OSA Assessment Tools
Individuals that suffer with OSA tend to exhibit symptoms that often develop gradually over a long period time, so gradually in fact that those afflicted with the affects of OSA often accept them as just a fact of life. But that does not have to be the case and diagnosis and treatments are readily available to help patients achieve better sleep, health and minimize or eliminate the long term health risks.
The most often reported symptoms include:
Loud Disruptive Snoring
Frequent awakenings (or arousels) with the feeling of gasping for breath
Excessive Daytime Sleepiness
People telling you you "Stop Breathing" at night (Witnessed Apneas)
Another indicator of a high probability of having OSA is called BMI (Body Mass Index)
Reference the image below and determine your BMI by cross-referencing your Height and Weight. If the result is in the Red Range or above a BMI of 30, you would have a higher likelihood of suffering with OSA. Note: An initial Threshold being considered for mandatory screening for OSA by DOT Regulators has been reported to be a BMI ≥ 35 by the FAA Flight Surgeon.
Another Measure often used to determine likelihood of OSA is an assessment of Daytime Sleepiness as assessed by a validated Questionaire referred to an an Epworth Sleepiness Score (ESS). Answer the following series of questions and determine how likely you are to "Doze off" in these scenarios and total the score at the end.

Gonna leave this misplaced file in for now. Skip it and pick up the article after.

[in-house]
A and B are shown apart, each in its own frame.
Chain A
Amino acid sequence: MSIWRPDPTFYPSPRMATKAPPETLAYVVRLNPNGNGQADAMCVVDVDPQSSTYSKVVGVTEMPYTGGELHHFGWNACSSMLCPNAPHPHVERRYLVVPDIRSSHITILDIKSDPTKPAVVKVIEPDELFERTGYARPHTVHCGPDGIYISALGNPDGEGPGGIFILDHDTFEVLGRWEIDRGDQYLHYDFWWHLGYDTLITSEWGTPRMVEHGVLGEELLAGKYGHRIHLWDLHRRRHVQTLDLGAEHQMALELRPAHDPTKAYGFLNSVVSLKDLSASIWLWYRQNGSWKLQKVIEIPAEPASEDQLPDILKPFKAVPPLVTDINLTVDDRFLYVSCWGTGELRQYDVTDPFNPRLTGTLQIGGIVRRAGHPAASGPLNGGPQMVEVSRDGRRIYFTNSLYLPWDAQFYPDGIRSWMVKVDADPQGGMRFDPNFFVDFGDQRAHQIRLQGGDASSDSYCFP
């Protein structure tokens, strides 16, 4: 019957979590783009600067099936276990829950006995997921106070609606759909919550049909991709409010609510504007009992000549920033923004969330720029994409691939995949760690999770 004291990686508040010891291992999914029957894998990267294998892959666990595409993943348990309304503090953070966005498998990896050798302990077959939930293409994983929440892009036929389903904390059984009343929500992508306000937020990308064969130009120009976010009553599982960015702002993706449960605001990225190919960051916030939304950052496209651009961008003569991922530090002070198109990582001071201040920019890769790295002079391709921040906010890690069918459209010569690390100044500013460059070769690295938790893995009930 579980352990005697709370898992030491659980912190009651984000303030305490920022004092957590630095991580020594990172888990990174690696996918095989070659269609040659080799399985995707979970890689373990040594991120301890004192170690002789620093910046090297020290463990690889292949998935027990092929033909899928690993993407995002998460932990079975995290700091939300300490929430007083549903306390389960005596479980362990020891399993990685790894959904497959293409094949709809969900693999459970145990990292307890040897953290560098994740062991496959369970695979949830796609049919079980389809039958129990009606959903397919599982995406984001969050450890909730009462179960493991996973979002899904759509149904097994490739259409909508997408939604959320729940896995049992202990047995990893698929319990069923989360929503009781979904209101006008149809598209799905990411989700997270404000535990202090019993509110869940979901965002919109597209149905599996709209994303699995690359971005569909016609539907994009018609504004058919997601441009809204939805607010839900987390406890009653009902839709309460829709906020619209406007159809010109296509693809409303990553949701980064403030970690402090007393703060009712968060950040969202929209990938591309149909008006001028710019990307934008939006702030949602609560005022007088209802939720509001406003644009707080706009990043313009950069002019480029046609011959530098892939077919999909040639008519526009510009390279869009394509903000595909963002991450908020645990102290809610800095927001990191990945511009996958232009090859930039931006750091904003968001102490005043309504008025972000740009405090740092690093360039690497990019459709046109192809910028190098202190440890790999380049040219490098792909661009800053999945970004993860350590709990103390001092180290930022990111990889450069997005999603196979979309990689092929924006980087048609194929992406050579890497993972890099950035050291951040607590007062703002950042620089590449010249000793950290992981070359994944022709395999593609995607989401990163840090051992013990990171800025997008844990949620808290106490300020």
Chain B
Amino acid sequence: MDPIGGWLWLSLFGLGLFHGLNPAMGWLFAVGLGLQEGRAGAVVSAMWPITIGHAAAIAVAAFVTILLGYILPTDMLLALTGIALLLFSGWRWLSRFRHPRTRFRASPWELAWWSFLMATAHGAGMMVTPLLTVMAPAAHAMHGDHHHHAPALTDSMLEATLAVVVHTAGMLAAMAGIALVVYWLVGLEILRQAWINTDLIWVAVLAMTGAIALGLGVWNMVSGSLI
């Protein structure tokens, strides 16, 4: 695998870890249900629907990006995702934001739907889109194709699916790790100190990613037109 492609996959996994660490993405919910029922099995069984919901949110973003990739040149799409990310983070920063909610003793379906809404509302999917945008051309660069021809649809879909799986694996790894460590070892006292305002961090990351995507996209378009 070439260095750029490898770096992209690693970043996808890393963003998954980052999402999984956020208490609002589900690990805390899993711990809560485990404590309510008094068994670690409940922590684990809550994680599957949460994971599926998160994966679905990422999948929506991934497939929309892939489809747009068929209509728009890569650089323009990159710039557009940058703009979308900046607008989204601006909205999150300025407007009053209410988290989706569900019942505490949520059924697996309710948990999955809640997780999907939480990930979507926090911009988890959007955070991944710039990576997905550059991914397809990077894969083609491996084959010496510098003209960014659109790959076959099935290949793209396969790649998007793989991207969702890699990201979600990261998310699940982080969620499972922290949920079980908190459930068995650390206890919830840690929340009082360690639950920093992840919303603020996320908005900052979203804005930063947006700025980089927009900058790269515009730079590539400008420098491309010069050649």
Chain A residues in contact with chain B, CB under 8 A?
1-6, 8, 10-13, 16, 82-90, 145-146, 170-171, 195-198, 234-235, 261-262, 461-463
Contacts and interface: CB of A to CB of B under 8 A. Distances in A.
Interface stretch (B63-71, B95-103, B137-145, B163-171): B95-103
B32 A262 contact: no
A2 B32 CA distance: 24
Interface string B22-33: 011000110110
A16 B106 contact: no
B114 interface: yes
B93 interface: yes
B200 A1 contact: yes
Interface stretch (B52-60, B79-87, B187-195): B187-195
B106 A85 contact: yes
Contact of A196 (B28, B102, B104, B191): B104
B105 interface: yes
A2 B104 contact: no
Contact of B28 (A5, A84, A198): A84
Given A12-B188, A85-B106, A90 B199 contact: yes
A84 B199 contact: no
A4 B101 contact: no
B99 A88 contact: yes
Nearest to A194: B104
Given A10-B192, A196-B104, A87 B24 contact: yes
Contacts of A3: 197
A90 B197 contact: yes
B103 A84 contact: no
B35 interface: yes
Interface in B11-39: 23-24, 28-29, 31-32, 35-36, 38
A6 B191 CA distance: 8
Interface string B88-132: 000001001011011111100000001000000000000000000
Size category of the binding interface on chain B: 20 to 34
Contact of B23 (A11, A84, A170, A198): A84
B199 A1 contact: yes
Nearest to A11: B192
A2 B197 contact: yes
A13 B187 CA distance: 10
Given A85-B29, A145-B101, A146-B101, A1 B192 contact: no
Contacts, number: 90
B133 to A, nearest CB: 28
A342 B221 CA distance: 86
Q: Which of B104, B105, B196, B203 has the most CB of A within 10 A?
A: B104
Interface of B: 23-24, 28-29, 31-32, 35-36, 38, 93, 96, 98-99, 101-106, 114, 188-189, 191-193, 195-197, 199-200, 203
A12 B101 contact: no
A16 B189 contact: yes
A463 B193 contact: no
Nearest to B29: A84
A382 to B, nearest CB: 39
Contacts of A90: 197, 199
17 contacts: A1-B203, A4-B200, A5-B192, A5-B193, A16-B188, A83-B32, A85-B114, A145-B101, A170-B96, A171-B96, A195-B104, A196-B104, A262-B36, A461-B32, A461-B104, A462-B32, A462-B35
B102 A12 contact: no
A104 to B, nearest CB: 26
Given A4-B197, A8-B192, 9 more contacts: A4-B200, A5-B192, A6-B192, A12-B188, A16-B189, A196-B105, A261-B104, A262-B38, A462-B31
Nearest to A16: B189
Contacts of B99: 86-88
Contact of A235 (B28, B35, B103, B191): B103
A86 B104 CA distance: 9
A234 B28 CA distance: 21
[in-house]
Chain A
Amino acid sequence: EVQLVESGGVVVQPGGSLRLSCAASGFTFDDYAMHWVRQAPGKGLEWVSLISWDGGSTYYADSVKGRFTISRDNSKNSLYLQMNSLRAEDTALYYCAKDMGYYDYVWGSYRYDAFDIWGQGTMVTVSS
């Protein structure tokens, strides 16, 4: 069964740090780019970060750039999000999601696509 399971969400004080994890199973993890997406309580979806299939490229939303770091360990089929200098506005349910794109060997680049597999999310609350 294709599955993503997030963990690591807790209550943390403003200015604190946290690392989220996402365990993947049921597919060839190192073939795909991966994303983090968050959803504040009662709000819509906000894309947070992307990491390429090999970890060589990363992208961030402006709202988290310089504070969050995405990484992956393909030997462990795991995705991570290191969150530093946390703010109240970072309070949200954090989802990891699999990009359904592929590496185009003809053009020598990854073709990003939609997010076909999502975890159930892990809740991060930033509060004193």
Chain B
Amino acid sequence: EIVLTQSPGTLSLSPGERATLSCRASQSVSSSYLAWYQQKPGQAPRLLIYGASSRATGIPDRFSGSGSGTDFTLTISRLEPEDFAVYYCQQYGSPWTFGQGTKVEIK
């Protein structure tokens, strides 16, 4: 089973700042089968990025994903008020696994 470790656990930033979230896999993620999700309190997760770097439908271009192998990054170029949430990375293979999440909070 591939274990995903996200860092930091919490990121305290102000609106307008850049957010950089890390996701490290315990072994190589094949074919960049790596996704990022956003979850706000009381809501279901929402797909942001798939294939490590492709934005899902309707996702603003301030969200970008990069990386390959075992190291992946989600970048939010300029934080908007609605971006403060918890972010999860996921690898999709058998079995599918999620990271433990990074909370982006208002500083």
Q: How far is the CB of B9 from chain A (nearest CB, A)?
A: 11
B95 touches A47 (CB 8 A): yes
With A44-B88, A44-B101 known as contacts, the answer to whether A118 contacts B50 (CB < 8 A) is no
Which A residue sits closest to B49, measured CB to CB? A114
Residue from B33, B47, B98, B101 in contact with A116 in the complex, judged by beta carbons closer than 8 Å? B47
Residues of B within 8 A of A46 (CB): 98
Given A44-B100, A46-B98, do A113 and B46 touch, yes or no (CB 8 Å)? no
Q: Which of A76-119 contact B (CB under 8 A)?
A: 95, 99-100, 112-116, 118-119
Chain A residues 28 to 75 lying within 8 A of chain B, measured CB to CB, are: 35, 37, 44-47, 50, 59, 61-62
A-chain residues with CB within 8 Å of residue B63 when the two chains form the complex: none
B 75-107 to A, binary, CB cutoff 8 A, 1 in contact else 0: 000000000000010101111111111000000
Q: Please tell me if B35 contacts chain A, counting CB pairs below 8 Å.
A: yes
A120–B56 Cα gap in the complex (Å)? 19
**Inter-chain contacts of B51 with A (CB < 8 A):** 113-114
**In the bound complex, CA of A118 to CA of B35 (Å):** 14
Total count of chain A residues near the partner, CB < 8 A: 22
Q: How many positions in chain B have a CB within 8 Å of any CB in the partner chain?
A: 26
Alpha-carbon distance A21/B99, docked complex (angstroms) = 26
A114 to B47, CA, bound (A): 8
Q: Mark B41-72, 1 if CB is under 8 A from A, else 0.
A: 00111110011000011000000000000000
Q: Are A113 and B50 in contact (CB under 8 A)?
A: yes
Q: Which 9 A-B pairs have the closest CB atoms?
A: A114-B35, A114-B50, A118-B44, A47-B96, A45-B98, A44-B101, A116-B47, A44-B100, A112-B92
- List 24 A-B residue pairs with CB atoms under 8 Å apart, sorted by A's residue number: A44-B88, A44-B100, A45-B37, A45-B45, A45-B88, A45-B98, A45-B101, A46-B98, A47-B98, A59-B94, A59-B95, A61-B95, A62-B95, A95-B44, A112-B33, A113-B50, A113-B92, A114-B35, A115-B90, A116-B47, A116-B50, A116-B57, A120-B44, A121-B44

Epworth Sleepiness Scale
The Epworth Sleepiness Scale is used to determine the level of daytime sleepiness.
Use the following scale to choose the most appropriate number for each situation:
0 = would never doze or sleep.
1 = slight chance of dozing or sleeping
2 = moderate chance of dozing or sleeping
3 = high chance of dozing or sleeping
Situation Chance of Dozing or Sleeping
Sitting and reading ____
Watching TV ____
Sitting inactive in a public place ____
Being a passenger in a motor vehicle
for an hour or more ____
Lying down in the afternoon ____
Sitting and talking to someone ____
Sitting quietly after lunch (no alcohol) ____
Stopped for a few minutes in traffic
while driving ____
Total score (add the scores up) ____
(This is your Epworth score)
A score of 10 or more is considered sleepy. A score of 18 or more is very sleepy. If you score 10 or more on this test, you should consider whether you are obtaining adequate sleep, need to improve your sleep hygiene and/or need to see a sleep specialist. These issues should be discussed with your personal physician.